Living in Cherry Hill, Johnson’s parents, both Rutgers alums, hired tutors and did everything they could to make sure she got the help she needed to assimilate and succeed academically. The teenager who was still reading at an elementary school level when she entered high school, two years later scored in the top 8 percent in the country of those taking SATs to enter college.
Her parents worked hard to make sure their daughter stayed connected to her heritage – enrolling her in weekend Chinese school to give her a better understanding of Mandarin and in traditional Chinese dance and music classes. In her senior year of high school, after Johnson and others advocated for it to be added to the curriculum, she was able to take a language class in Mandarin.
While Johnson, who became a U.S. citizen when she was adopted, took her new parents name and is called “JJ” by some of her friends, officially she is Julianna Lan Lan Lubov Johnson. Besides her adoptive mother’s family name, it includes her nickname, or what the Chinese call a “little” name, Lan Lan, which translates to blue orchid, a symbol of love and strength.
At Rutgers Johnson is a student ambassador for foreign students at the University’s Global Admissions Office. She answers questions via email and video chats with foreign students and their parents seeking information about attending Rutgers. She is also a peer mentor in the Global Roommate Program, living with international students and offering support and guidance as they navigate life and academics at Rutgers, and president and choreographer for the Rutgers Chinese Dance Troupe.
She also was recently inducted into Phi Beta Kappa, the oldest and most prestigious honor society in the U.S., and the Rutgers Cap & Skull Senior Honor Society, which selects less than one percent of students entering their senior year.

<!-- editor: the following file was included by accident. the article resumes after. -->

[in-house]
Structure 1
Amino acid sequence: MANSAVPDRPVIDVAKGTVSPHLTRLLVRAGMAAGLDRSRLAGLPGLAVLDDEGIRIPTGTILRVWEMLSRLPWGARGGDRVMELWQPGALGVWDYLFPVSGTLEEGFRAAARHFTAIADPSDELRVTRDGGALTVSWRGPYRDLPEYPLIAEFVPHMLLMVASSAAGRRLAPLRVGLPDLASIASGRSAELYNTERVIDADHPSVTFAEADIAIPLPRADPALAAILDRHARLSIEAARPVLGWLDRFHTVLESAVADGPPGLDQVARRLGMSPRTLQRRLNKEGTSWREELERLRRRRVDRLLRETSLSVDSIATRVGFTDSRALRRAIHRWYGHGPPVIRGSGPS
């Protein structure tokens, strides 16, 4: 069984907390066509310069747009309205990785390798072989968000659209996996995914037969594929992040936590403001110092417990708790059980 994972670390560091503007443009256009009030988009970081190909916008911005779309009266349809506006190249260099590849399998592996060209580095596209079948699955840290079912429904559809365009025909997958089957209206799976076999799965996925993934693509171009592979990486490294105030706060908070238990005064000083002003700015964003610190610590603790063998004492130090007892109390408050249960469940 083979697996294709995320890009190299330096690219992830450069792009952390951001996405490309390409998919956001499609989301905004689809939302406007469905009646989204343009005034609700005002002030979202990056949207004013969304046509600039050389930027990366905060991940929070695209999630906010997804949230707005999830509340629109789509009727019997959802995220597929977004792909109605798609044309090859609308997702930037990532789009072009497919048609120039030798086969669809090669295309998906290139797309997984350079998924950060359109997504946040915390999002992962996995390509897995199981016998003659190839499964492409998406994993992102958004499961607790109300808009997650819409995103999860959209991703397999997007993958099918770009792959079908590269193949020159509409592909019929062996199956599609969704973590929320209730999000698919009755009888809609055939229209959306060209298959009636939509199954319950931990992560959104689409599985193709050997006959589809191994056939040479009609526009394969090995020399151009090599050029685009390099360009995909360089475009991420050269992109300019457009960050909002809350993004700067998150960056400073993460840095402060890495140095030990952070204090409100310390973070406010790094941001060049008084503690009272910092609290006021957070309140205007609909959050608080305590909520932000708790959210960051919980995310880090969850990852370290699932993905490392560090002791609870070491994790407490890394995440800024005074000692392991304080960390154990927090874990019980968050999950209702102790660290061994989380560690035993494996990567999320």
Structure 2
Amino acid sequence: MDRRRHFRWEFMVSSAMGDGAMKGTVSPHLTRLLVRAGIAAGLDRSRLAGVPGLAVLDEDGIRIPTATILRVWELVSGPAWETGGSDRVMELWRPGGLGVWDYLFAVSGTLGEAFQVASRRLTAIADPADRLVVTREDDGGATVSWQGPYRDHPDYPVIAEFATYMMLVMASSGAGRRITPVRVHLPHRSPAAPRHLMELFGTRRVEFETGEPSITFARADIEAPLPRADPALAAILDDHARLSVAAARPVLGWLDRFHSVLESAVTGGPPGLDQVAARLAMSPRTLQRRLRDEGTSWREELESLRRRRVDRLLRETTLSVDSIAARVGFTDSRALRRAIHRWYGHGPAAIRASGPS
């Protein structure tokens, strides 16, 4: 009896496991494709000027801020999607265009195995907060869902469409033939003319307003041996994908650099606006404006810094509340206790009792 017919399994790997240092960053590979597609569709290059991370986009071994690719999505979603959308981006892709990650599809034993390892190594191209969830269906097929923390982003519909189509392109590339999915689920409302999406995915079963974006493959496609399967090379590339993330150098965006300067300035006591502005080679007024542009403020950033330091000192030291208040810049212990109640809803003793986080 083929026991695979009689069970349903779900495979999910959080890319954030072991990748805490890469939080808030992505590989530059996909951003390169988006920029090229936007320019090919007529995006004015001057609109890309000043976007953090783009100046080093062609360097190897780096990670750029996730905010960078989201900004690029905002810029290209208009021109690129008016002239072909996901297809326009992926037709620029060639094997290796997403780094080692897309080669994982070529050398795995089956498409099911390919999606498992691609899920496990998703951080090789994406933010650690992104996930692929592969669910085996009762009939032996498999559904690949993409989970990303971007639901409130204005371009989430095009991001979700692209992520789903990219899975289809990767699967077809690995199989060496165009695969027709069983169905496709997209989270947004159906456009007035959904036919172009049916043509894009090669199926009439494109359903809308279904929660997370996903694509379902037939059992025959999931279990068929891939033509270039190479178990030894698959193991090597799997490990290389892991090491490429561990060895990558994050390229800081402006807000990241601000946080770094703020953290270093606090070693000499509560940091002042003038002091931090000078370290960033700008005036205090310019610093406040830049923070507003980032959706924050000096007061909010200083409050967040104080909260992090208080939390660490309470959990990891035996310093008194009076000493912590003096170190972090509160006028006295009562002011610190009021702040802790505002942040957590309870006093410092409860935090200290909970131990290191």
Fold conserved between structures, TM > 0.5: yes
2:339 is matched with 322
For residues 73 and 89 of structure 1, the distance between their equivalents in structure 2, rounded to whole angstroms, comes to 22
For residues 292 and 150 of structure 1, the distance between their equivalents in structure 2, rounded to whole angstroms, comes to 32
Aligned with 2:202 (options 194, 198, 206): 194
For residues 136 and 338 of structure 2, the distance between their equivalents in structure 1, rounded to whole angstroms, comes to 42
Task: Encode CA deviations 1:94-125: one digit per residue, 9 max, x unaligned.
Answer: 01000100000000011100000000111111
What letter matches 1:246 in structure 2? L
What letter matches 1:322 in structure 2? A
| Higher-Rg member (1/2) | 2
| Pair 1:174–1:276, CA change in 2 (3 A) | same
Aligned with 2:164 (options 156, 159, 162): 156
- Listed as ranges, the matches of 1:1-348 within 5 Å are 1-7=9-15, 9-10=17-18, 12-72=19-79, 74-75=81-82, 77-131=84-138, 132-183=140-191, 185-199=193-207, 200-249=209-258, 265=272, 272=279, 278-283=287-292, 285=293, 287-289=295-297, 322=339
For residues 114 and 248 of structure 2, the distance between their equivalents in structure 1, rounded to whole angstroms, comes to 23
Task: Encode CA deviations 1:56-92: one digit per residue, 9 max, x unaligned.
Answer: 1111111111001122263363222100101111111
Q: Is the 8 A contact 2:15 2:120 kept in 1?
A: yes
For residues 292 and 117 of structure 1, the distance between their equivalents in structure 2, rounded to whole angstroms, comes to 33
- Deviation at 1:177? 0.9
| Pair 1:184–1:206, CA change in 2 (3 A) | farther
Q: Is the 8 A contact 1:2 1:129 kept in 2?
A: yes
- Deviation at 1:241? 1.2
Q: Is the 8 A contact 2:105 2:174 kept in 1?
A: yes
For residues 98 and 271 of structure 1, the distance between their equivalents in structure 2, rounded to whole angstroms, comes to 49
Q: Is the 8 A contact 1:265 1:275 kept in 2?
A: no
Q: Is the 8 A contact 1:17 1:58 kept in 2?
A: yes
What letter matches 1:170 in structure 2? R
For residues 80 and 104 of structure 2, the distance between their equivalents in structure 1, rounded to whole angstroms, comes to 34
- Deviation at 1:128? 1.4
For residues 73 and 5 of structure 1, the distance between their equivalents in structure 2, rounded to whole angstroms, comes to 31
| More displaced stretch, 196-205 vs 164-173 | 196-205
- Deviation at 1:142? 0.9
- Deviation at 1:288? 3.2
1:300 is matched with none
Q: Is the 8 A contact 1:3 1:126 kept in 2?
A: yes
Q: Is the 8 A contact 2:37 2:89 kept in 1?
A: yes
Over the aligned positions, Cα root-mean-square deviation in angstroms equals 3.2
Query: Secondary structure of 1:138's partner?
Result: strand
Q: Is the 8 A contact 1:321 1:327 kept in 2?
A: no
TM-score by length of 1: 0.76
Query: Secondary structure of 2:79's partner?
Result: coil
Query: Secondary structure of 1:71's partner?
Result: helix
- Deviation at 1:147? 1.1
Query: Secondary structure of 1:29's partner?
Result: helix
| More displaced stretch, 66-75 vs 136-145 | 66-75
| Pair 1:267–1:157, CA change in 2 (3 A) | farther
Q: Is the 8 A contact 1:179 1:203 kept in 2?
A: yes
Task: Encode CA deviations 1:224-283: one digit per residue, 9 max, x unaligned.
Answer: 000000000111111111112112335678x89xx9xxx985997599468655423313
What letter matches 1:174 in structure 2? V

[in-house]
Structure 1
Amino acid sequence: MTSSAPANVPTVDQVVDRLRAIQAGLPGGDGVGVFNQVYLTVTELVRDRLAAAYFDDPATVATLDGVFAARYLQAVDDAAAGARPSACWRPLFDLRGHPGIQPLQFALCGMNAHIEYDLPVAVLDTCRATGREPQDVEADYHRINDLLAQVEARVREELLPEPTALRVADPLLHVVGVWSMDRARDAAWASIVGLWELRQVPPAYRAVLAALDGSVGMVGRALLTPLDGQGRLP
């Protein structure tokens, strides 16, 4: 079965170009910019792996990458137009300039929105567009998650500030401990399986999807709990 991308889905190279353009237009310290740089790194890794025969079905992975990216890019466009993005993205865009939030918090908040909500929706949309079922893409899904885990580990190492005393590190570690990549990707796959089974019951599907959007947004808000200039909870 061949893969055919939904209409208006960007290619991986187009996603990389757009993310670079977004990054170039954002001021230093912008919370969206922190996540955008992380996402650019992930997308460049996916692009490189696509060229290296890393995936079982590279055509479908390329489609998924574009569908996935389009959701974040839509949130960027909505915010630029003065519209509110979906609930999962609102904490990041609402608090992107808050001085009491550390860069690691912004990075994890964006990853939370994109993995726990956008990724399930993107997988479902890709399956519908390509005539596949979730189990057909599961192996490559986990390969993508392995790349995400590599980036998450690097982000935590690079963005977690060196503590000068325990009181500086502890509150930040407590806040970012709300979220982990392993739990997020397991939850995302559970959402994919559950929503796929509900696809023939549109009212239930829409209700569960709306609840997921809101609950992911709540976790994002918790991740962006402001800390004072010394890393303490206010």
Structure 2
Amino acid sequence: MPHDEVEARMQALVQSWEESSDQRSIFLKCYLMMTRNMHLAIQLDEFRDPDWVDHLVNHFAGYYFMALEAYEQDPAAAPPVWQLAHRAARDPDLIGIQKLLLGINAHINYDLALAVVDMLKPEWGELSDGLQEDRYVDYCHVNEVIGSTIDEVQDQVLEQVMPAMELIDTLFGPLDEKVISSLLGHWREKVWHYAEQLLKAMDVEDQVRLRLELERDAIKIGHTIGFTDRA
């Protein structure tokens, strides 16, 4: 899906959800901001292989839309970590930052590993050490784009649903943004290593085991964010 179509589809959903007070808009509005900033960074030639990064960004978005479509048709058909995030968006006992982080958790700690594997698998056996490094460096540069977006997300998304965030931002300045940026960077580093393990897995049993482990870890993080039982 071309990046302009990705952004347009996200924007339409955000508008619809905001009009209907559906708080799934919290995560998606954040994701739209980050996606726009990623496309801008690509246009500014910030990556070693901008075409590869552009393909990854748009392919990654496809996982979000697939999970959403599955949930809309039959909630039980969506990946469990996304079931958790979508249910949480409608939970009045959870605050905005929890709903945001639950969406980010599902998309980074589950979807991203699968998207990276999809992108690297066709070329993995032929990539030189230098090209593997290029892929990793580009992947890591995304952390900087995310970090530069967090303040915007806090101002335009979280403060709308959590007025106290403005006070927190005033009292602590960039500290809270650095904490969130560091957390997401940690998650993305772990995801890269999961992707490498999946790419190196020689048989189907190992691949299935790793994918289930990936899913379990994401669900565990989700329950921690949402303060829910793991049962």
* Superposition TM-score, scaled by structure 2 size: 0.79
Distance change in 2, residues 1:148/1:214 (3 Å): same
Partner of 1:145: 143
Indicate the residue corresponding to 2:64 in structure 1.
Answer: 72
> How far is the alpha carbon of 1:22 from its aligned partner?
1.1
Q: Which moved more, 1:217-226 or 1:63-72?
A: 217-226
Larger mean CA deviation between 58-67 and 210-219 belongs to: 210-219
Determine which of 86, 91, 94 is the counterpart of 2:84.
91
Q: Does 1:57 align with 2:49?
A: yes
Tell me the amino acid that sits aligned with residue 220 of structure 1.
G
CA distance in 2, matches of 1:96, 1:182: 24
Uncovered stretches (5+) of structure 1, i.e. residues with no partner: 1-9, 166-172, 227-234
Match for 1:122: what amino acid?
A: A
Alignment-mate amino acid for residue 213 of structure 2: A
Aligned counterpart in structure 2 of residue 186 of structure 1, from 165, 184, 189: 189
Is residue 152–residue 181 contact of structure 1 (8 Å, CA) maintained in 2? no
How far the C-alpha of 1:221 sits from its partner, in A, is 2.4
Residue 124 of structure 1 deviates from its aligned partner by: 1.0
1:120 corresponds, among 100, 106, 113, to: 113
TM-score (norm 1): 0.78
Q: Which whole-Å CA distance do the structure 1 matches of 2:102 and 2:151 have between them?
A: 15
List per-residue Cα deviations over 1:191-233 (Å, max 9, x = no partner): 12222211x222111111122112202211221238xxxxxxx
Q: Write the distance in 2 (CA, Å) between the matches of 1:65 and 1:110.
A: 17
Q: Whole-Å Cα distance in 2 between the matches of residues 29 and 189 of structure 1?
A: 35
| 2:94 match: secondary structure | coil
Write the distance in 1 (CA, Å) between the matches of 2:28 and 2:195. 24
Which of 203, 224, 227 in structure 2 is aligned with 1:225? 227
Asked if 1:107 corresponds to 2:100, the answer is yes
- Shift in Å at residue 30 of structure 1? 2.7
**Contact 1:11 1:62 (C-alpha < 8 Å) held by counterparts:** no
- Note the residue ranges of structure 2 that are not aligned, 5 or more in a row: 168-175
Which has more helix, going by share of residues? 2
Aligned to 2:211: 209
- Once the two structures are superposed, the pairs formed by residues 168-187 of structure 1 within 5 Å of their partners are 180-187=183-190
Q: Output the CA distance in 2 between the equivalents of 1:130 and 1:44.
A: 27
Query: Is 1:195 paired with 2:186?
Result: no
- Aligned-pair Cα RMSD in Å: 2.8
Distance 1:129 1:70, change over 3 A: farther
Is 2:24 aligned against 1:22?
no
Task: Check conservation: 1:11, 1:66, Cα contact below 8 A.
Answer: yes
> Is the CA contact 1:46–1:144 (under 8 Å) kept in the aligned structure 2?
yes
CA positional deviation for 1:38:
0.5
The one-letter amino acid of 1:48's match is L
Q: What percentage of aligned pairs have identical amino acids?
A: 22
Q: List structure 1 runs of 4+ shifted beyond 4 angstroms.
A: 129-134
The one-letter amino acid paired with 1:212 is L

“As I reflect on my life experiences, I am amazed that I am even here – a rising senior in college, in an honors program, contemplating my academic and professional future. I remember as a young child being told that education was not important,” she said.
Calling Johnson an intrinsically motivated self-starter, Flora McVay, program manager for the Office of International Academic Success at Rutgers Global, said Johnson is one of the most professional and proactive peer leaders who has worked at the program.
“What made Julianna such an outstanding asset to the program was the combination of maturity and sincerity she brought to this exceptionally challenging role. Julianna’s poise paired with her natural and abounding capacity for empathy is what set her apart from the start; it’s what helped her hone real-world competencies as a peer instructor and what I believe will continue to guide her in all her bright and promising future endeavors.”
Arthur Casciato, director of Rutgers Office of Distinguished Fellowships, said getting to know Johnson was one of the highlights of his year.
"Very few candidates I have worked with have come as far or overcome as much as JJ has, and there’s absolutely no doubt that she’ll represent Rutgers and her country in Taiwan with distinction."